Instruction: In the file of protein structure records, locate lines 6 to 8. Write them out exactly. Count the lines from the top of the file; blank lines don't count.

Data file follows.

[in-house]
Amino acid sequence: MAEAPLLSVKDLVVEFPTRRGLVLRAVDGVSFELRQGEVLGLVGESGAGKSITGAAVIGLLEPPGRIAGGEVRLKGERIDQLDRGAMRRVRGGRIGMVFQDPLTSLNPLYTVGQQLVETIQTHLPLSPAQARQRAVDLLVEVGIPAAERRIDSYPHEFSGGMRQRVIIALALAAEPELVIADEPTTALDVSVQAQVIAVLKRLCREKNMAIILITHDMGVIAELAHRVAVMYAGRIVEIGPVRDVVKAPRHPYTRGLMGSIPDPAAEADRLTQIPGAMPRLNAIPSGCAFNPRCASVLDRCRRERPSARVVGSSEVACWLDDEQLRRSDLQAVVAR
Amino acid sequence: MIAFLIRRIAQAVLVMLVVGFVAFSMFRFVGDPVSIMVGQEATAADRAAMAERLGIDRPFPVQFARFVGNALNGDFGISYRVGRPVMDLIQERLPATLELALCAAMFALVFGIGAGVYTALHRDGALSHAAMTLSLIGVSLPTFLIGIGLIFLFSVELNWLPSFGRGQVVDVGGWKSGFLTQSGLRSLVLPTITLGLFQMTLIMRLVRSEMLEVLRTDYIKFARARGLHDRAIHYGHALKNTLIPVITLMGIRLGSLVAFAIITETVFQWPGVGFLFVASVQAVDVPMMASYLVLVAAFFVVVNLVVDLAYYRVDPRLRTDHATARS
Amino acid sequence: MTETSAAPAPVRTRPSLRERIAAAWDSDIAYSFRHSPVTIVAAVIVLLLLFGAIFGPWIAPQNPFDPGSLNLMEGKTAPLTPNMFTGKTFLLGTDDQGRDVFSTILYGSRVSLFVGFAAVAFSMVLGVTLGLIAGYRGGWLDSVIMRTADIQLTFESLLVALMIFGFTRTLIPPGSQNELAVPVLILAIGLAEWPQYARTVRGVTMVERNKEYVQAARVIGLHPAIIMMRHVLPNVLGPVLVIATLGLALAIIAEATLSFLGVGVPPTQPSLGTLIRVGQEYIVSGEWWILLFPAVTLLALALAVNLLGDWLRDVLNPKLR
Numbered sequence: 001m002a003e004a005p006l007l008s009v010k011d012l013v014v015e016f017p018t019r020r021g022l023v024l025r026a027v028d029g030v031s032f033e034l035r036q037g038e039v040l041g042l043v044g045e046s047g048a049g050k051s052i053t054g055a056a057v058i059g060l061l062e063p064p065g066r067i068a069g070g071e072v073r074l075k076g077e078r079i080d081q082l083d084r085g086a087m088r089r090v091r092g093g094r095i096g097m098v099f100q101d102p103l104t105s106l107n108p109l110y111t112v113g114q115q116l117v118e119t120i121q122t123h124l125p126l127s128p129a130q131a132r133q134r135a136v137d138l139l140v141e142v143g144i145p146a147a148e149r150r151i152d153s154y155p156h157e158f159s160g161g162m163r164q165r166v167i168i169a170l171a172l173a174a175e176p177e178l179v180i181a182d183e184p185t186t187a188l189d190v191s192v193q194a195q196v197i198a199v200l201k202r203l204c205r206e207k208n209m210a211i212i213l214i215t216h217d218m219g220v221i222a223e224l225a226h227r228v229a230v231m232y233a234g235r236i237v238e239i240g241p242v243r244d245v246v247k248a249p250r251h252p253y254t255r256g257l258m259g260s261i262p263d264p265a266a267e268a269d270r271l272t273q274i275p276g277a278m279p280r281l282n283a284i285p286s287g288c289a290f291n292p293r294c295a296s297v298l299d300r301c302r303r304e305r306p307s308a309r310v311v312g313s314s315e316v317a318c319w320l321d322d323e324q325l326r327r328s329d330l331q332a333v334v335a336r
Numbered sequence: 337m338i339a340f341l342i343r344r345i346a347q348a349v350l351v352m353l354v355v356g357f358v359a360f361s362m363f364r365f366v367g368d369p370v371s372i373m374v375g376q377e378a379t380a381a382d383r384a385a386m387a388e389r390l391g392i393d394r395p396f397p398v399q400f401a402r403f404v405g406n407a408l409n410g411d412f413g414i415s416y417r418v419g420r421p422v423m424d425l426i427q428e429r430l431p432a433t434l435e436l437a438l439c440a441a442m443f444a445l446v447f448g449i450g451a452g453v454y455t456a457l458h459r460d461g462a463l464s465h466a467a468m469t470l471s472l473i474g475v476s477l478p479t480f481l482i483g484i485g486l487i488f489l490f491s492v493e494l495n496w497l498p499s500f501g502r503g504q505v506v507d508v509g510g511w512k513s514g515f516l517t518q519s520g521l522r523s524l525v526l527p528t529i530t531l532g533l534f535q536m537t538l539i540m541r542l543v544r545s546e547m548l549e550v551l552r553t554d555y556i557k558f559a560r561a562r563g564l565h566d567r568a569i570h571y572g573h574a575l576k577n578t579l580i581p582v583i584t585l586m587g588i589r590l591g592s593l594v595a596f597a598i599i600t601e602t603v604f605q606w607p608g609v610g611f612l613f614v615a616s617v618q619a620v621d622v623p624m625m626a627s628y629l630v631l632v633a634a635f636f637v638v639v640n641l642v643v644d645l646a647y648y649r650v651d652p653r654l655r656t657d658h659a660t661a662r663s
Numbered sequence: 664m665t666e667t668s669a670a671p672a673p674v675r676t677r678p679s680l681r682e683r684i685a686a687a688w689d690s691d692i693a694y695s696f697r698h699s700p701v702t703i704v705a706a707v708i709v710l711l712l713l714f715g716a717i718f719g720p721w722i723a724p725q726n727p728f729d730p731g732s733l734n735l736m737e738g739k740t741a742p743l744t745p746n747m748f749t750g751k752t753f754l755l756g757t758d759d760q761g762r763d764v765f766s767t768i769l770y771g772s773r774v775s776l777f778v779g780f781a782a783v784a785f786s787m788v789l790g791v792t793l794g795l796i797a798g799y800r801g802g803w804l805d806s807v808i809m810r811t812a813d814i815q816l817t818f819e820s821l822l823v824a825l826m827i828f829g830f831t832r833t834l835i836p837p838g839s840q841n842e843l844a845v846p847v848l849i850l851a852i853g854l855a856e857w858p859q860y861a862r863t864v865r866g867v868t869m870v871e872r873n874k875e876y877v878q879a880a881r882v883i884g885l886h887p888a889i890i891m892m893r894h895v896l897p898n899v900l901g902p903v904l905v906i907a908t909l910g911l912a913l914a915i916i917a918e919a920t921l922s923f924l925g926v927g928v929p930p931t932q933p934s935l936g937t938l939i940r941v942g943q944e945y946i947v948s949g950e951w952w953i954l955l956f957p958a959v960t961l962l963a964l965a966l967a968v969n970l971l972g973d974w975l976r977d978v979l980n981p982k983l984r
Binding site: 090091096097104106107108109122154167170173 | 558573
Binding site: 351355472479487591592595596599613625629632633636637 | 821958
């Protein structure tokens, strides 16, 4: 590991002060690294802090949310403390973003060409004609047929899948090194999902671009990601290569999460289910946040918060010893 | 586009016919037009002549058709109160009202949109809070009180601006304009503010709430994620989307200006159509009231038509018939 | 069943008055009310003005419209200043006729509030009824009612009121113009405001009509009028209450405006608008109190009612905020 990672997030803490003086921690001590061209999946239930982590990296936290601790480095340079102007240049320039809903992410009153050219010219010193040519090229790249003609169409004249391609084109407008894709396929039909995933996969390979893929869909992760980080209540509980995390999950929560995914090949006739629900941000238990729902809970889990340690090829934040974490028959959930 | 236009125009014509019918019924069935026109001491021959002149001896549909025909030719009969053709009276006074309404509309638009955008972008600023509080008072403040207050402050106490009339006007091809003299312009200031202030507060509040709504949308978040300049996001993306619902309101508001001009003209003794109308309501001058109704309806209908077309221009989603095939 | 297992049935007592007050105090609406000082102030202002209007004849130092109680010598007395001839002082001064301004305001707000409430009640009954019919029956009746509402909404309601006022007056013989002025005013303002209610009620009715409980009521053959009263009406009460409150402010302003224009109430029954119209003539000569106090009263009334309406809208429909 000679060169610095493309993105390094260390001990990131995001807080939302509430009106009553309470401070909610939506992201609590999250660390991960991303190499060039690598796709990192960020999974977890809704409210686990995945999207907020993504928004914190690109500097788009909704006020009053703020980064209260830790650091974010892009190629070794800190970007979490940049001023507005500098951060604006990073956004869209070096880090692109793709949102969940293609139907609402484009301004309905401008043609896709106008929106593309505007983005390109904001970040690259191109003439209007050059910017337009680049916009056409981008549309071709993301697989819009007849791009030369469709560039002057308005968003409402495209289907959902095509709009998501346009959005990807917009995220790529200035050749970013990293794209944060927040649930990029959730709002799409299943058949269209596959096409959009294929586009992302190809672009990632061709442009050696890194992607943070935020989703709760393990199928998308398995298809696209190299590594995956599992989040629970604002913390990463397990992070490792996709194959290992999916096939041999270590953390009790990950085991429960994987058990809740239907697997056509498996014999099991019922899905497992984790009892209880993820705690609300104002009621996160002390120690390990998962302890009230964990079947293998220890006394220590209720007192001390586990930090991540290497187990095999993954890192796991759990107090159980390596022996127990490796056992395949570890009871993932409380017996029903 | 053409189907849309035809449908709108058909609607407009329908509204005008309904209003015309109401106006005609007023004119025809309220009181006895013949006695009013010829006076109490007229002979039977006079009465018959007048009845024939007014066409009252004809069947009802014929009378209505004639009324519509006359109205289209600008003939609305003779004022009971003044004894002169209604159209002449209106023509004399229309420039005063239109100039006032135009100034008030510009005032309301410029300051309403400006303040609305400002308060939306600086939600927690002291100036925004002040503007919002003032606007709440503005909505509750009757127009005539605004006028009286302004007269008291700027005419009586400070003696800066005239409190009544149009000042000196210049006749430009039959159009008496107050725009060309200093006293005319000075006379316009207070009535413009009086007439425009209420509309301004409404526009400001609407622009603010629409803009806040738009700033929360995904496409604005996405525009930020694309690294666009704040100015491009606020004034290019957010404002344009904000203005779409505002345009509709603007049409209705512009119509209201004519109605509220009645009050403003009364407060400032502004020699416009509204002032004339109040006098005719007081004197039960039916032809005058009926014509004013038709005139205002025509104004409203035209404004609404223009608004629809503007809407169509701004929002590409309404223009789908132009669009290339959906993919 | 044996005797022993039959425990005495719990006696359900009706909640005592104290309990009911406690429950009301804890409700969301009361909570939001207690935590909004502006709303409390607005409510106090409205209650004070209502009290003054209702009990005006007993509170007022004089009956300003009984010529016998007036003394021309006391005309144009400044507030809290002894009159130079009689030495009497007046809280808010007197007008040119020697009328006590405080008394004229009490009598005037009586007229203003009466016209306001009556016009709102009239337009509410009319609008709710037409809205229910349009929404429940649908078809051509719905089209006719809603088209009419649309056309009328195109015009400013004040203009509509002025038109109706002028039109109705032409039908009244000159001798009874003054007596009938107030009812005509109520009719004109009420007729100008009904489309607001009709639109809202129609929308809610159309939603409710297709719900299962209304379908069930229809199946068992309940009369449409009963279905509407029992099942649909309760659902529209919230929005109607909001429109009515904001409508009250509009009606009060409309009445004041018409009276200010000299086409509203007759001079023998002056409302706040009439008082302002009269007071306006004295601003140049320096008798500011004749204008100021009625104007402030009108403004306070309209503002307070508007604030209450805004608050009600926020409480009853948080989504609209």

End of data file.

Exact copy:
Numbered sequence: 337m338i339a340f341l342i343r344r345i346a347q348a349v350l351v352m353l354v355v356g357f358v359a360f361s362m363f364r365f366v367g368d369p370v371s372i373m374v375g376q377e378a379t380a381a382d383r384a385a386m387a388e389r390l391g392i393d394r395p396f397p398v399q400f401a402r403f404v405g406n407a408l409n410g411d412f413g414i415s416y417r418v419g420r421p422v423m424d425l426i427q428e429r430l431p432a433t434l435e436l437a438l439c440a441a442m443f444a445l446v447f448g449i450g451a452g453v454y455t456a457l458h459r460d461g462a463l464s465h466a467a468m469t470l471s472l473i474g475v476s477l478p479t480f481l482i483g484i485g486l487i488f489l490f491s492v493e494l495n496w497l498p499s500f501g502r503g504q505v506v507d508v509g510g511w512k513s514g515f516l517t518q519s520g521l522r523s524l525v526l527p528t529i530t531l532g533l534f535q536m537t538l539i540m541r542l543v544r545s546e547m548l549e550v551l552r553t554d555y556i557k558f559a560r561a562r563g564l565h566d567r568a569i570h571y572g573h574a575l576k577n578t579l580i581p582v583i584t585l586m587g588i589r590l591g592s593l594v595a596f597a598i599i600t601e602t603v604f605q606w607p608g609v610g611f612l613f614v615a616s617v618q619a620v621d622v623p624m625m626a627s628y629l630v631l632v633a634a635f636f637v638v639v640n641l642v643v644d645l646a647y648y649r650v651d652p653r654l655r656t657d658h659a660t661a662r663s
Numbered sequence: 664m665t666e667t668s669a670a671p672a673p674v675r676t677r678p679s680l681r682e683r684i685a686a687a688w689d690s691d692i693a694y695s696f697r698h699s700p701v702t703i704v705a706a707v708i709v710l711l712l713l714f715g716a717i718f719g720p721w722i723a724p725q726n727p728f729d730p731g732s733l734n735l736m737e738g739k740t741a742p743l744t745p746n747m748f749t750g751k752t753f754l755l756g757t758d759d760q761g762r763d764v765f766s767t768i769l770y771g772s773r774v775s776l777f778v779g780f781a782a783v784a785f786s787m788v789l790g791v792t793l794g795l796i797a798g799y800r801g802g803w804l805d806s807v808i809m810r811t812a813d814i815q816l817t818f819e820s821l822l823v824a825l826m827i828f829g830f831t832r833t834l835i836p837p838g839s840q841n842e843l844a845v846p847v848l849i850l851a852i853g854l855a856e857w858p859q860y861a862r863t864v865r866g867v868t869m870v871e872r873n874k875e876y877v878q879a880a881r882v883i884g885l886h887p888a889i890i891m892m893r894h895v896l897p898n899v900l901g902p903v904l905v906i907a908t909l910g911l912a913l914a915i916i917a918e919a920t921l922s923f924l925g926v927g928v929p930p931t932q933p934s935l936g937t938l939i940r941v942g943q944e945y946i947v948s949g950e951w952w953i954l955l956f957p958a959v960t961l962l963a964l965a966l967a968v969n970l971l972g973d974w975l976r977d978v979l980n981p982k983l984r
Binding site: 090091096097104106107108109122154167170173 | 558573